Evansville’s Mesker Park Zoo built an artificial stream designed to fool a rare salamander species into using it for breeding.
The stream includes chillers and pumps to mimic a natural flowing river.
“We actually have to keep this water at a, not a constant temperature, unlike like the juveniles,” says Bryan Plis, a reptile and amphibian zookeeper. “We actually make it so that it goes up and down with the season. So, in the middle of summer, this water is 74, 75 degrees. The dead of winter, it’s hopefully going to be down into the 40s. And, at that time of year, they don’t eat, they don’t hunt, they don’t move much. They just kind of hunker down.”
The hope is that captive Eastern hellbenders will breed and lay eggs in the stream.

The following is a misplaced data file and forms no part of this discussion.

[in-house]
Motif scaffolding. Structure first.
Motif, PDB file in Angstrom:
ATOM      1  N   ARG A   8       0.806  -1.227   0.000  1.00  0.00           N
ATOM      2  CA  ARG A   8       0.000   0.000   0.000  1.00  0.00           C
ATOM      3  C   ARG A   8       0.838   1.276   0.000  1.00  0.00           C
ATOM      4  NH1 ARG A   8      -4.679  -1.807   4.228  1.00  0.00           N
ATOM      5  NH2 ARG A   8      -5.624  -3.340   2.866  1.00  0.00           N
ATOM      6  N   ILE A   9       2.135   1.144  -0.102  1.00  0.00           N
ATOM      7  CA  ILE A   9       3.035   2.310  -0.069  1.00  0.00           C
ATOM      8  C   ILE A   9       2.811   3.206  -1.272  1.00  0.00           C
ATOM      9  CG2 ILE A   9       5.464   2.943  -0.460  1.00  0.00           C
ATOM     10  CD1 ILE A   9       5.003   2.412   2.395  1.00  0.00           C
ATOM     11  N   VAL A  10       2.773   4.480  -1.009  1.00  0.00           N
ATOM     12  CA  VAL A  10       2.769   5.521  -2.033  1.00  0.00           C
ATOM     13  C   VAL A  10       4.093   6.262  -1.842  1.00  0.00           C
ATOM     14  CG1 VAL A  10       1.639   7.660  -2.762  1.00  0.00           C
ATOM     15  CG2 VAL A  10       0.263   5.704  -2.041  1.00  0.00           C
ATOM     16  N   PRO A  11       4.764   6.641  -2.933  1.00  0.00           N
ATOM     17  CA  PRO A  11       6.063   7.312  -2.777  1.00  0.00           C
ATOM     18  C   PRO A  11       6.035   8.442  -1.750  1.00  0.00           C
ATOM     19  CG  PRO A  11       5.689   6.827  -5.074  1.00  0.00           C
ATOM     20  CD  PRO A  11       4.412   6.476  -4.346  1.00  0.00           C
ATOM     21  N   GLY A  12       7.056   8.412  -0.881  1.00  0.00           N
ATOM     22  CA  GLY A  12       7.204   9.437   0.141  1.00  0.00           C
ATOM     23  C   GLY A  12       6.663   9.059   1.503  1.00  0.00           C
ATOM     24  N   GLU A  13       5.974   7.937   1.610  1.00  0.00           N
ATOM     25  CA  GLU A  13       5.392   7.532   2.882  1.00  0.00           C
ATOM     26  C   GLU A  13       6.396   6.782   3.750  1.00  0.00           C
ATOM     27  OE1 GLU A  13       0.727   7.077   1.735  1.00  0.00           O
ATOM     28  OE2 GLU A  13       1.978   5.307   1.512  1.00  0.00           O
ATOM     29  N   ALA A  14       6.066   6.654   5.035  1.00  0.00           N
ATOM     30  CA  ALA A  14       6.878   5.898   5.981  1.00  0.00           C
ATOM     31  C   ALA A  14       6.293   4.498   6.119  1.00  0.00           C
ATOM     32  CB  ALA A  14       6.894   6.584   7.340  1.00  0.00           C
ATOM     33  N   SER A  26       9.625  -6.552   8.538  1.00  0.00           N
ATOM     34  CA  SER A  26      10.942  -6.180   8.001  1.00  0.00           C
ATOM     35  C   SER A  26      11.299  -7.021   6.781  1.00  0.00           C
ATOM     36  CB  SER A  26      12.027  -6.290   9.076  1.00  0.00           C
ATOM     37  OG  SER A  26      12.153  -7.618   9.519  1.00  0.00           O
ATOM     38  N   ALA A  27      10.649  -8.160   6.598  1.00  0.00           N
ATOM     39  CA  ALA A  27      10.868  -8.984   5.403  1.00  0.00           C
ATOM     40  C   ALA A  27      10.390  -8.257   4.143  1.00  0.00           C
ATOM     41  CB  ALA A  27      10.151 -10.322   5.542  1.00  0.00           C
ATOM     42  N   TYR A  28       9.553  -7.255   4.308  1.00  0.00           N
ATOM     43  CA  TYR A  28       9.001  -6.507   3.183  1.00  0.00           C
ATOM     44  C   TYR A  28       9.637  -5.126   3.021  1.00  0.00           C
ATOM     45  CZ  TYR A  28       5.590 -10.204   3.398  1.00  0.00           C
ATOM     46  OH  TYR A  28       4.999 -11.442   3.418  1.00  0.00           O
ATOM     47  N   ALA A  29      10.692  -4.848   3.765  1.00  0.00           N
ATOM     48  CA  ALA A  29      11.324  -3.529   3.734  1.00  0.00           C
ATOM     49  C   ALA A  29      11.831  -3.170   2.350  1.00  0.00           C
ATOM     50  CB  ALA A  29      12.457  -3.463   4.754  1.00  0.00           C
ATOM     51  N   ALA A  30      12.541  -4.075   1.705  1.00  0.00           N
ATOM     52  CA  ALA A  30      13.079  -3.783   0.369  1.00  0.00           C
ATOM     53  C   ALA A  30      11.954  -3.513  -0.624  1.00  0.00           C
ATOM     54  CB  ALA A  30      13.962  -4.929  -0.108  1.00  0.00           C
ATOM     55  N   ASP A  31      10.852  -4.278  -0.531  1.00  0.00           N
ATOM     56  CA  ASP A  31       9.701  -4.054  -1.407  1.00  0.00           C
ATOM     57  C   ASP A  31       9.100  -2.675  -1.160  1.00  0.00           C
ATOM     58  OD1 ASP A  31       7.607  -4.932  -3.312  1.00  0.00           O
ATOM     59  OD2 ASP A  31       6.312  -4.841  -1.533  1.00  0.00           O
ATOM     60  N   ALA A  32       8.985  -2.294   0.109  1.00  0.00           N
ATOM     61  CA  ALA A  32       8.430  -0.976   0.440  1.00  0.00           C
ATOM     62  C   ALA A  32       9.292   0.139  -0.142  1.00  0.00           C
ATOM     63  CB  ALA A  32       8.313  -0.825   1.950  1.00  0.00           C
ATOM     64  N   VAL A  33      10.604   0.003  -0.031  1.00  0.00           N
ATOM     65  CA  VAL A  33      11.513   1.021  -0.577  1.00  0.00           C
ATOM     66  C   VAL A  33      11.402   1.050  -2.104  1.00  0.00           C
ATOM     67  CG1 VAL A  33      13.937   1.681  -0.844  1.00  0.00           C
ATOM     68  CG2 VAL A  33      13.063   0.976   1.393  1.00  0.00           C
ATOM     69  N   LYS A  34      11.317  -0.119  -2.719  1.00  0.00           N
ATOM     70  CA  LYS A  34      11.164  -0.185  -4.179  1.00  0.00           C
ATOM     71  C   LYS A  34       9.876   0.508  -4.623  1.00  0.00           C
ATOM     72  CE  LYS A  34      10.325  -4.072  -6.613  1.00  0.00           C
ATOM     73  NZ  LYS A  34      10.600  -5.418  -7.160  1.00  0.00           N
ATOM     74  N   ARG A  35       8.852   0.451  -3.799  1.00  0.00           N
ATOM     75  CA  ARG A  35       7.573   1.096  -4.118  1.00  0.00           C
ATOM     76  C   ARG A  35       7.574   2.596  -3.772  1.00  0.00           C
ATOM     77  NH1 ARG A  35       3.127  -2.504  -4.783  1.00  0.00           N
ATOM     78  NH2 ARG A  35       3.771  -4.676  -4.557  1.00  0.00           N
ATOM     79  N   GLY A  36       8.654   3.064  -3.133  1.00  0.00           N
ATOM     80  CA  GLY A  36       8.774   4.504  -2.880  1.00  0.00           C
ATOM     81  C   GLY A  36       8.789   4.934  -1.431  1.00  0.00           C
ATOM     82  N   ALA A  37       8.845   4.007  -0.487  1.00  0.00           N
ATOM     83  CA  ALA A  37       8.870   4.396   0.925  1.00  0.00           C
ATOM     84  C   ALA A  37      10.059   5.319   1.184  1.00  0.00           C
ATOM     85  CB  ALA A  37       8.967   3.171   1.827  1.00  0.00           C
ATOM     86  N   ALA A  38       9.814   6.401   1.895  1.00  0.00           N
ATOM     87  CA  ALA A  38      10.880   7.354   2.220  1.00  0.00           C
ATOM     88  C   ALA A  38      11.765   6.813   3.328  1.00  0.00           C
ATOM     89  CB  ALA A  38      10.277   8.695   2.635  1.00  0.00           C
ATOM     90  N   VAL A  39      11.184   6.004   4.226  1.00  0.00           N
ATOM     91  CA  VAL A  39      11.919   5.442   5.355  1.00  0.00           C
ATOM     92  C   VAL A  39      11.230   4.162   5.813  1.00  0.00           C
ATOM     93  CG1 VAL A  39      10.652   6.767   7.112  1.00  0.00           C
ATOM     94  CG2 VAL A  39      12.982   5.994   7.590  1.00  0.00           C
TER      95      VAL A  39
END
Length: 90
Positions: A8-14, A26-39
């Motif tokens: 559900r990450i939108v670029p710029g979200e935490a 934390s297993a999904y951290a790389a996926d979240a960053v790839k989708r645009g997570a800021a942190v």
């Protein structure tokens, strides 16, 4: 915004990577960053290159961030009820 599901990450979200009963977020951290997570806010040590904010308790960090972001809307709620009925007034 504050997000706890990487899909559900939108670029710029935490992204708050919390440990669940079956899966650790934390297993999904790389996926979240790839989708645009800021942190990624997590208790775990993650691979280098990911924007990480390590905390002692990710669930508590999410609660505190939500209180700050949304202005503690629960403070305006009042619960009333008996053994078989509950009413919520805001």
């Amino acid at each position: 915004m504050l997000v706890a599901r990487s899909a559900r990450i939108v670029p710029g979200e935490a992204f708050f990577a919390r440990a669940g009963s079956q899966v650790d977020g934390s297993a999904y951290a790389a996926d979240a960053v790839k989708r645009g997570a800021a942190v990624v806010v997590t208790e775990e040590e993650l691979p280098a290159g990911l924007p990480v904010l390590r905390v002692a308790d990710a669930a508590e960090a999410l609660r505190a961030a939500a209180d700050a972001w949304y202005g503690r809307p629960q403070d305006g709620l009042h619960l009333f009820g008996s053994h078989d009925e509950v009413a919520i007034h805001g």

If they do, that would be a first for the species that’s North America’s largest salamander. Hellbenders can grow two or more feet long and live up to 30 years, but their numbers are shrinking in the wild. Dams and human habitats are segmenting their populations and making it so males and females can’t meet each other.
“They’ve been identified because they can’t be found,” Plis says. “So, their population was once high. And, they’re what we call an indicator species. So, if this species does well in the wild, that means the water quality’s good, the environment’s good, there’s an equilibrium between predator-prey, humans don’t have that much influence on them, things like that.”
Plis says there’s likely fewer than 50 Eastern hellbender salamanders living in the wild in Indiana.
The salamanders at the zoo aren’t full grown yet. The zoo plans to release them back into the wild as soon as they’re able to breed enough.